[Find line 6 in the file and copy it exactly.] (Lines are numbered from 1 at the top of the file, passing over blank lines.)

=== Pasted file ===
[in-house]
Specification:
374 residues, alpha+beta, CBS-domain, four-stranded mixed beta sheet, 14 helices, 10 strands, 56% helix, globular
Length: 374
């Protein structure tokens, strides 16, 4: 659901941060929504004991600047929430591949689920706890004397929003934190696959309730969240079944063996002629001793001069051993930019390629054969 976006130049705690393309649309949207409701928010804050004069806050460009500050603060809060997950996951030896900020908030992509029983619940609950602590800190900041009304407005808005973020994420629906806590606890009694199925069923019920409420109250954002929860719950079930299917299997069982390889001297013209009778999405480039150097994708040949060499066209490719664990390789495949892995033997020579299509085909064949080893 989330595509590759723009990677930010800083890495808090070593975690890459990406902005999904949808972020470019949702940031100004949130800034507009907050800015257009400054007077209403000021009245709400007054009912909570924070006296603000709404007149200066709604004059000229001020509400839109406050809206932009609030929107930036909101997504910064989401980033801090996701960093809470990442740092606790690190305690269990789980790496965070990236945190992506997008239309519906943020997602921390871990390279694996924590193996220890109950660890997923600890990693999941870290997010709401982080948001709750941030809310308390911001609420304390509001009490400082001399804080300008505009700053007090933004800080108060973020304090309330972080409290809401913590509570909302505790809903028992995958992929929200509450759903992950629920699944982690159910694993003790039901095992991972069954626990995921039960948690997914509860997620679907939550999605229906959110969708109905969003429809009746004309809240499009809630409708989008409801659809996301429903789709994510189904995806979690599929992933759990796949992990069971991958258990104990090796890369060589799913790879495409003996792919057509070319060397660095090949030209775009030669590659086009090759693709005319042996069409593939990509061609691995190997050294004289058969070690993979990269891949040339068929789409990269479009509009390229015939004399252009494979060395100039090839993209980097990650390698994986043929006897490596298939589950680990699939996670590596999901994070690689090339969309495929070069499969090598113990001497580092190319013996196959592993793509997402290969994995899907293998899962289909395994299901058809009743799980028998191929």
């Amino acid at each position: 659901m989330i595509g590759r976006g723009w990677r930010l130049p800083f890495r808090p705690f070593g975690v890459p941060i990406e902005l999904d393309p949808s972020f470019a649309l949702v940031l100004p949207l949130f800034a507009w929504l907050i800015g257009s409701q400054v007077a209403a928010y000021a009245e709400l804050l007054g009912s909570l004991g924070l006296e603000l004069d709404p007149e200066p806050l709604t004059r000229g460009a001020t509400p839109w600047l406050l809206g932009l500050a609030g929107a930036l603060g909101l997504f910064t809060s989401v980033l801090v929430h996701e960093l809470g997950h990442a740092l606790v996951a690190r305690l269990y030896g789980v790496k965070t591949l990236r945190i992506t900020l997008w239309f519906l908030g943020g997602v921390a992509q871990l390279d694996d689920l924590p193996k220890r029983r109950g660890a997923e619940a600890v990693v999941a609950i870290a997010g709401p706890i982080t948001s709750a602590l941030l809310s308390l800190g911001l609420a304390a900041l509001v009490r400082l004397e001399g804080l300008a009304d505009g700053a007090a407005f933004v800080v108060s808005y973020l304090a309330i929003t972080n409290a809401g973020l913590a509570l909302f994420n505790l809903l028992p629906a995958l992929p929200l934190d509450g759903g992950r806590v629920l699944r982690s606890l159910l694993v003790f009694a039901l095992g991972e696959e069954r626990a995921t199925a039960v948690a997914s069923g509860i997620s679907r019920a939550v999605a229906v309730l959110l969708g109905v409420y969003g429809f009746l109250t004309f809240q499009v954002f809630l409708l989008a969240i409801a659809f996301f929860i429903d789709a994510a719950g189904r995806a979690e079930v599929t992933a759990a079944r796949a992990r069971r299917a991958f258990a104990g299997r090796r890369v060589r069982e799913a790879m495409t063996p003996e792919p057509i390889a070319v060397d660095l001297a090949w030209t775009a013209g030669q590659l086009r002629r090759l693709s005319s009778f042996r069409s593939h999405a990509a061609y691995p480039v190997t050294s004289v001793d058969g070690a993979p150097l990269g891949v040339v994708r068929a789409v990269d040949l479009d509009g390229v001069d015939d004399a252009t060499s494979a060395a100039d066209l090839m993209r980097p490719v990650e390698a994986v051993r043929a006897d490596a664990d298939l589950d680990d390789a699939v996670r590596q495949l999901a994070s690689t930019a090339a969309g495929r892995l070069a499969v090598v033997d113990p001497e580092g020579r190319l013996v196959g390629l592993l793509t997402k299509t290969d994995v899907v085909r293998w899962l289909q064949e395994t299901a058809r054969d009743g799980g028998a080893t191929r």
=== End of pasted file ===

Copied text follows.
């Amino acid at each position: 659901m989330i595509g590759r976006g723009w990677r930010l130049p800083f890495r808090p705690f070593g975690v890459p941060i990406e902005l999904d393309p949808s972020f470019a649309l949702v940031l100004p949207l949130f800034a507009w929504l907050i800015g257009s409701q400054v007077a209403a928010y000021a009245e709400l804050l007054g009912s909570l004991g924070l006296e603000l004069d709404p007149e200066p806050l709604t004059r000229g460009a001020t509400p839109w600047l406050l809206g932009l500050a609030g929107a930036l603060g909101l997504f910064t809060s989401v980033l801090v929430h996701e960093l809470g997950h990442a740092l606790v996951a690190r305690l269990y030896g789980v790496k965070t591949l990236r945190i992506t900020l997008w239309f519906l908030g943020g997602v921390a992509q871990l390279d694996d689920l924590p193996k220890r029983r109950g660890a997923e619940a600890v990693v999941a609950i870290a997010g709401p706890i982080t948001s709750a602590l941030l809310s308390l800190g911001l609420a304390a900041l509001v009490r400082l004397e001399g804080l300008a009304d505009g700053a007090a407005f933004v800080v108060s808005y973020l304090a309330i929003t972080n409290a809401g973020l913590a509570l909302f994420n505790l809903l028992p629906a995958l992929p929200l934190d509450g759903g992950r806590v629920l699944r982690s606890l159910l694993v003790f009694a039901l095992g991972e696959e069954r626990a995921t199925a039960v948690a997914s069923g509860i997620s679907r019920a939550v999605a229906v309730l959110l969708g109905v409420y969003g429809f009746l109250t004309f809240q499009v954002f809630l409708l989008a969240i409801a659809f996301f929860i429903d789709a994510a719950g189904r995806a979690e079930v599929t992933a759990a079944r796949a992990r069971r299917a991958f258990a104990g299997r090796r890369v060589r069982e799913a790879m495409t063996p003996e792919p057509i390889a070319v060397d660095l001297a090949w030209t775009a013209g030669q590659l086009r002629r090759l693709s005319s009778f042996r069409s593939h999405a990509a061609y691995p480039v190997t050294s004289v001793d058969g070690a993979p150097l990269g891949v040339v994708r068929a789409v990269d040949l479009d509009g390229v001069d015939d004399a252009t060499s494979a060395a100039d066209l090839m993209r980097p490719v990650e390698a994986v051993r043929a006897d490596a664990d298939l589950d680990d390789a699939v996670r590596q495949l999901a994070s690689t930019a090339a969309g495929r892995l070069a499969v090598v033997d113990p001497e580092g020579r190319l013996v196959g390629l592993l793509t997402k299509t290969d994995v899907v085909r293998w899962l289909q064949e395994t299901a058809r054969d009743g799980g028998a080893t191929r």